The Charlotte News
Wednesday, September 22, 1954
Site Ed. Note: The front page reports that at the U.N. in New York, election transpired of seven vice-presidents and seven committee chairmen for the ninth annual General Assembly session just getting underway the prior afternoon, when the Assembly had sidetracked the annual bid to seat Communist China until the end of the year, the third straight year such a proposal had been made and likewise postponed. Dr. Eeelco N. van Kleffens of The Netherlands was elected Assembly president the previous day, and by U.N. rules, the Big Five permanent members of the Security Council would each have a vice-presidency, with Burma and Ecuador, on a rotating basis, having the other two. The new Steering Committee, formed by the president, vice-presidents and committee chairmen, would meet this afternoon to plan the agenda for this session, with 67 proposed items.
In London, Labor leader Clement Attlee, returning from a tour of Russia and Communist China, said to reporters this date that he believed the sooner Chiang Kai-shek and his troops could be gotten rid of, the better off things would be. He said he had the impression that there had been a relaxation of tension in the Orient, following the Indo-China truce agreement at Geneva on July 21. He declined to comment on the U.N. General Assembly decision the previous day not to consider admission of Communist China in lieu of the Nationalists, effectively postponing it for another year.
In Taipeh, Formosa, it was reported by the Chinese Nationalist Defense Ministry that Nationalist warplanes this date sank five Communist gunboats in the 20th consecutive day of raids on the Chinese mainland by the Nationalist forces. It was said to be the largest bag of gunboats claimed in the hostilities, which had erupted in the Amoy-Quemoy area on September 3, Amoy being a Chinese Communist base and Quemoy, a Nationalist outpost base, about five miles from the mainland. The airstrike had occurred against Communist shipping concentrations in a bay 25 miles northeast of Amoy, the second consecutive day of strikes at that location.
The Supreme Court announced this date that it would hear oral arguments on December 6 in the implementing portion of the Brown v. Board of Education decision and that the five principal parties, school boards from Kansas, South Carolina, Virginia, Delaware and the District of Columbia, would be afforded a total of ten hours for argument, with the Justice Department allowed one hour, and the seven states which had applied timely for participation in the argument to be allowed one hour each. Those latter states included North Carolina, Arkansas, Texas, Florida, Maryland, Tennessee and Oklahoma. Each would also file an amicus brief, which had to be filed by November 15. Six other states where segregation was mandated by law had not applied for participation.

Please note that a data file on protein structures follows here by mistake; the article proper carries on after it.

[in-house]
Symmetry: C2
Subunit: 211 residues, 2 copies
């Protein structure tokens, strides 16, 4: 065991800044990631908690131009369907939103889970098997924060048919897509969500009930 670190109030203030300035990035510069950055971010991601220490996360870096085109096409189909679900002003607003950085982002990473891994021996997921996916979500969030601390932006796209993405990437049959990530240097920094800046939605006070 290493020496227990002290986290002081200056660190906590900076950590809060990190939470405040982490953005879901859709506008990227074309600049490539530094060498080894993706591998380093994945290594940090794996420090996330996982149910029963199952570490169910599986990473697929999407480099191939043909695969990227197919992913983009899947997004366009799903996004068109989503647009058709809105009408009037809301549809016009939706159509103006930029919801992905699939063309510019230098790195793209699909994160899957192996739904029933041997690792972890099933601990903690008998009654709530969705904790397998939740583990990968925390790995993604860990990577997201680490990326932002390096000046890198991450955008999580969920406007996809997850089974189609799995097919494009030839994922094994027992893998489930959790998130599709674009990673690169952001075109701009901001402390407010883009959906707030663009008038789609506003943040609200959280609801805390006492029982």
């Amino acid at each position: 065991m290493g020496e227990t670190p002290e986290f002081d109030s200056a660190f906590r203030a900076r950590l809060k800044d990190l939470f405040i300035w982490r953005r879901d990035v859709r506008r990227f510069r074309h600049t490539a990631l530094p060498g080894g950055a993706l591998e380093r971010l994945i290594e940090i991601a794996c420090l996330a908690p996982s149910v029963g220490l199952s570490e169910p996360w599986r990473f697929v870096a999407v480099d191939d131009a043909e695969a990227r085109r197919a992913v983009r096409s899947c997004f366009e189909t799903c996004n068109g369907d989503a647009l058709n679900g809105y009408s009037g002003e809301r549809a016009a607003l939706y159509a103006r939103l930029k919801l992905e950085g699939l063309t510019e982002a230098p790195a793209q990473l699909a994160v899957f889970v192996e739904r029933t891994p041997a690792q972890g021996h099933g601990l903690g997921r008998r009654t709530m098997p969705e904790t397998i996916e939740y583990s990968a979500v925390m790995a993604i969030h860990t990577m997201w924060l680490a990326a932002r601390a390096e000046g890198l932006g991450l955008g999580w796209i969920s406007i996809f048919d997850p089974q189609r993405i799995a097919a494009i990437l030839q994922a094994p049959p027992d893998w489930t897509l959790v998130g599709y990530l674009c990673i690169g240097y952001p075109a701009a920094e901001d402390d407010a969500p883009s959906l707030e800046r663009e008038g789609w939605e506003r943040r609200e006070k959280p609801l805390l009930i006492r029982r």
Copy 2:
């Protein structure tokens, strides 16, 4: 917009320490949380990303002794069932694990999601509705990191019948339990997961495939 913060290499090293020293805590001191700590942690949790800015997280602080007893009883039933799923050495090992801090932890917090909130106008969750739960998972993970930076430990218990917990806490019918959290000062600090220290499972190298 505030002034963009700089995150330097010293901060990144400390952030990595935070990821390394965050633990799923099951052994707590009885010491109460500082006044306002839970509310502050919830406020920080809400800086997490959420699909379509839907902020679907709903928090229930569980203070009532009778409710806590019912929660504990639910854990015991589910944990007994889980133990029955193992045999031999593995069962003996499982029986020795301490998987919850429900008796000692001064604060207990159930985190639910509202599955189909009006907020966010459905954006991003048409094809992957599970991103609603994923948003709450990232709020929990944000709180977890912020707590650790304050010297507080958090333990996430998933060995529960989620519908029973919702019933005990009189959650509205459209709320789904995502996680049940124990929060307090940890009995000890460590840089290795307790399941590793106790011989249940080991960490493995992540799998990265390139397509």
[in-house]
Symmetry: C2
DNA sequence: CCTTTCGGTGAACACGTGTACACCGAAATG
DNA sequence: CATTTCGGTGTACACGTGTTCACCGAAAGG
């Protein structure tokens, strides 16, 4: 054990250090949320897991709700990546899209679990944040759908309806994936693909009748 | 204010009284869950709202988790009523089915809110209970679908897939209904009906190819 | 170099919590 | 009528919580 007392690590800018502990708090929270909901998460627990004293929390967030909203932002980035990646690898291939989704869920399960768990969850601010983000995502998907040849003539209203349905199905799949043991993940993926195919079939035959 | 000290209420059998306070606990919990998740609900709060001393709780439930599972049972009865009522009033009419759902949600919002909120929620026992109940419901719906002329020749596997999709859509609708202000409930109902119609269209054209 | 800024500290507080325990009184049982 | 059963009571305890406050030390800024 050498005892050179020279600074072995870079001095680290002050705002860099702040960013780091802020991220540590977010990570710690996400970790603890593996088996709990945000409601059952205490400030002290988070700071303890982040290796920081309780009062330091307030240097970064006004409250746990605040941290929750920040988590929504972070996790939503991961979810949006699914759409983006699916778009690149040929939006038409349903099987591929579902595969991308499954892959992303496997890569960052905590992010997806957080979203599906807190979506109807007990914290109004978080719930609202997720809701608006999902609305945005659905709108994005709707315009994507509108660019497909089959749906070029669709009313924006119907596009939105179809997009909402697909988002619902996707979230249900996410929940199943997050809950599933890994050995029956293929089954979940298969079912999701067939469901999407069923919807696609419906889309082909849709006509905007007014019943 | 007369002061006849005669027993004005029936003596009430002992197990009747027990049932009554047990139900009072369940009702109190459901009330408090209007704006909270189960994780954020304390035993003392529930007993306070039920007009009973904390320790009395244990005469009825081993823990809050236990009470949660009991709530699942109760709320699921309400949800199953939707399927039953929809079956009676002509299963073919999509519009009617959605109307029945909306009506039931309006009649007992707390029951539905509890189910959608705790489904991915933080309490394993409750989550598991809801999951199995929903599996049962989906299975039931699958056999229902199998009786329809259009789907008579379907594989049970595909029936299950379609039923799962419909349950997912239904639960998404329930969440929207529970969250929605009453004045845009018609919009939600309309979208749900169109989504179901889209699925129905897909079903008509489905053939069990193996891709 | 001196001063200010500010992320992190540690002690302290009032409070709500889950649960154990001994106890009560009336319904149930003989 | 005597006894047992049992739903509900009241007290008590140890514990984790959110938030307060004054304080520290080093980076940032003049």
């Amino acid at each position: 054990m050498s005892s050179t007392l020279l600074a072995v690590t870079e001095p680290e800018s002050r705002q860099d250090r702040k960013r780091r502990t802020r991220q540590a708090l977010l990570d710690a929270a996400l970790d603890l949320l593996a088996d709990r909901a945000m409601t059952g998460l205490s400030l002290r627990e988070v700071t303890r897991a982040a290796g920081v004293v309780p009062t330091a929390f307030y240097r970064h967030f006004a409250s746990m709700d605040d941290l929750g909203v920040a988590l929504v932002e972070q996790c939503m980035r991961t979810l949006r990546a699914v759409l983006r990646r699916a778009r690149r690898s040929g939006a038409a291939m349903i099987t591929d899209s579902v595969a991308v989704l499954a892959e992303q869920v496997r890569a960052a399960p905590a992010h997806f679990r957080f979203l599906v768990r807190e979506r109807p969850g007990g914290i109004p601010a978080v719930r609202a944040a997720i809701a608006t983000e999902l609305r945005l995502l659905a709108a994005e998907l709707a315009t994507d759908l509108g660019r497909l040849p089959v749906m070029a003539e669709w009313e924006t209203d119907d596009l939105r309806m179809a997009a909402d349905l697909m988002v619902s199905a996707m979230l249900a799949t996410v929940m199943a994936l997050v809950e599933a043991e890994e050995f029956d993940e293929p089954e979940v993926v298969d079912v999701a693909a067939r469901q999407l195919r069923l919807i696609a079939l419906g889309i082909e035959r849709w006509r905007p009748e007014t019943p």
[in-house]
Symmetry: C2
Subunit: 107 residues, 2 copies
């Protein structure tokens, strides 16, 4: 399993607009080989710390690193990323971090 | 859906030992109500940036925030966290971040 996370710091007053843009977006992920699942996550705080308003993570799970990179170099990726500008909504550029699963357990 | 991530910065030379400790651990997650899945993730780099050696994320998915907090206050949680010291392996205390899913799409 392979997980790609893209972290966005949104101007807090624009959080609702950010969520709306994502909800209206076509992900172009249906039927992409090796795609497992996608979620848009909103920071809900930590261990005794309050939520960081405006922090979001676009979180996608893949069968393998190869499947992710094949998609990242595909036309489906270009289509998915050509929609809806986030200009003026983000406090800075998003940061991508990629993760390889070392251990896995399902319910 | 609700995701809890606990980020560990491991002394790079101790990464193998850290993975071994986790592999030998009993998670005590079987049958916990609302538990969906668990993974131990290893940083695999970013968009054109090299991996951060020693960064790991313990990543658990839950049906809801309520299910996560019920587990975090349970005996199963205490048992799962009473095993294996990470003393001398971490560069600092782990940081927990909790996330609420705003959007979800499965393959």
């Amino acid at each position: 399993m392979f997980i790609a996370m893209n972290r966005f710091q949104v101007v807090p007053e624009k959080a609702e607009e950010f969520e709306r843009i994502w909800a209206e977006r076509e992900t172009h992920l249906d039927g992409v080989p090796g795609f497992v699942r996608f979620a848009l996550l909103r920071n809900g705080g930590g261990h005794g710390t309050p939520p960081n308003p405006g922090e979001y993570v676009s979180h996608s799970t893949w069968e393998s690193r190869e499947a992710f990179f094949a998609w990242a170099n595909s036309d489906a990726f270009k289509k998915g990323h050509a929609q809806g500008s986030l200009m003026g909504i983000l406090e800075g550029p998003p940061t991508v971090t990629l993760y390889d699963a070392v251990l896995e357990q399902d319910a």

In Raleigh, a Pender County delegation handed to Governor William B. Umstead a petition signed by 4,537 persons calling for continued segregation in the public schools. The group was led by an association favoring continuation of segregation, formed the previous summer for the purpose of easing tension resulting from the Court's decision. The leader of the group, a State Senator, said that they had no intention of destroying "friendly relations" between blacks and whites, and that "to a certain extent", black citizens of the county favored continued segregation. Of the signers of the petition, 299 were said to be black, with 522 having been non-residents of the county, interested in the matter. An attorney said that 51 percent the county's school children were black. The State Senator who led the group said that citizens believed that the Court's decision could and would destroy both the black and white races, and he believed the decision was "a step towards a mongrel race." The Governor assured the group that officials were studying what the state would do in response to Brown, and that the ultimate action would lie with the General Assembly in its 1955 session.
That group first needs to be apprised that, unlike the days when they were in school in one-room schoolhouses, modern, liberated students nowadays don't have sex with each other on a routine, rotating basis. That went out with the horse and buggy. People can move around now.